USDA-ARS Scientist Enlists Cattle to Create Fire Breaks

Posted by Scott Elliott and Kim Kaplan, Agricultural Research Service inResearch and Science

May 05, 2022

Cattle grazing in a dry area to create a firebreak

According to rangeland specialists, wildfires within the western Great Basin area scorched greater than 14,600 sq. miles in simply 10 years—practically the land mass of Maryland and Delaware mixed.

It appears that a couple of herds of cattle may have helped forestall a few of the devastation attributable to wildfires.

A scientist from USDA’s Agricultural Research Service (ARS) is managing a analysis challenge that makes use of livestock to create firebreaks by means of focused grazing. His program requires the cooperation of space ranchers to strategically goal the grazing patterns of cattle. The purpose is for livestock to eat in depth strips of extremely flammable cheatgrass down to 2- to 3-inch stubble. This reduces the gasoline load that might in any other case flip small rangeland fires into megafires in only a few hours.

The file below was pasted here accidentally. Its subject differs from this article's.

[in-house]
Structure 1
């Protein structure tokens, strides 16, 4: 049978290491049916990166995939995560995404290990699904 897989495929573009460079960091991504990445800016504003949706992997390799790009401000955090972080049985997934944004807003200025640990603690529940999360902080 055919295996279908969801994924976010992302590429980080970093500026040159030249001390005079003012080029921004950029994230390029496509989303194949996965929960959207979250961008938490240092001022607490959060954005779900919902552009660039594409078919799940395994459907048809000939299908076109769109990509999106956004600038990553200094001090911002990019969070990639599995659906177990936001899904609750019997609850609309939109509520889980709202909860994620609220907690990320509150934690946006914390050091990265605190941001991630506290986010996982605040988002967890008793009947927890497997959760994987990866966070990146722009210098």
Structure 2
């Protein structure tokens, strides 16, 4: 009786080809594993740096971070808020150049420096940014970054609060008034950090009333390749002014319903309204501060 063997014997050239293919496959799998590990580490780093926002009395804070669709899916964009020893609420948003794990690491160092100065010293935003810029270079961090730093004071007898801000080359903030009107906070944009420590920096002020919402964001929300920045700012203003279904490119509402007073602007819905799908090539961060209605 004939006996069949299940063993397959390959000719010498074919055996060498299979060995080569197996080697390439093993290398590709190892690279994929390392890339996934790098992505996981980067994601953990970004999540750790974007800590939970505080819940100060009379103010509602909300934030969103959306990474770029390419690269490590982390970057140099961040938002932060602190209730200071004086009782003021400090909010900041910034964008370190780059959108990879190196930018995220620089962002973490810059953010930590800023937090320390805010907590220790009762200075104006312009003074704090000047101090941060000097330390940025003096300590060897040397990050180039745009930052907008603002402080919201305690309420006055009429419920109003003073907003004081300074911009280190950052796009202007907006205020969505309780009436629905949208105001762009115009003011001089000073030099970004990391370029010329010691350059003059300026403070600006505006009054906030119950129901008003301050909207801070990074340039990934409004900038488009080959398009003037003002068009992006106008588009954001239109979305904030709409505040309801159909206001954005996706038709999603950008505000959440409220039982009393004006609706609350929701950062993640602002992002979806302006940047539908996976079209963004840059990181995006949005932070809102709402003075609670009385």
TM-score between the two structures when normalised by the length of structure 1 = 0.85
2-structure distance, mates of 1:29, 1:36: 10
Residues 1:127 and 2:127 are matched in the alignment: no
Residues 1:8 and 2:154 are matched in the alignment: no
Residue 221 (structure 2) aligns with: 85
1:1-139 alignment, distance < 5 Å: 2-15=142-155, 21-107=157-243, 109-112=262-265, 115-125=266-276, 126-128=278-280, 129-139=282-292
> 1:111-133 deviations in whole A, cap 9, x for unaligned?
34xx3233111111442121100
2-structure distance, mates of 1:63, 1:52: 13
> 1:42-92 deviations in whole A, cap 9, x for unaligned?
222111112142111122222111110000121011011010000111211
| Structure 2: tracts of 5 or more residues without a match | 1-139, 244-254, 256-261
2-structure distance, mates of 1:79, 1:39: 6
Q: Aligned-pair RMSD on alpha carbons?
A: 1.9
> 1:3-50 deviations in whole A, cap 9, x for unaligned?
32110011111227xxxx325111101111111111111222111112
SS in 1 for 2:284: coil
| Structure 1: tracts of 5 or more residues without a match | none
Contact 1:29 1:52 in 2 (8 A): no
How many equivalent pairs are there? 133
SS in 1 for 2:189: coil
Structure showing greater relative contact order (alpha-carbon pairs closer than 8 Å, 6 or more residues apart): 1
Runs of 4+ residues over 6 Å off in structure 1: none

“Wildfires have grow to be extra frequent, threatening human lives, property, and important pure and cultural sources,” mentioned Pat Clark, a rangeland scientist based mostly on the ARS Northwest Watershed Research Center, in Boise, ID. “Suppressing wildfires prices greater than $2.4 billion yearly throughout all wildlands.”

“The present experiment entails initiatives in Idaho, Nevada, and Oregon,” Clark mentioned. “Timing of the grazing is vital and is sophisticated by the dynamics of climate, plant development cycles, and livestock herd administration.”

In simply 4 years, focused grazing has intercepted three wildfires round Elko, NV. Preventing these fires conserved wildlife habitat, leisure alternatives, and different ecosystem companies.

Research and Science

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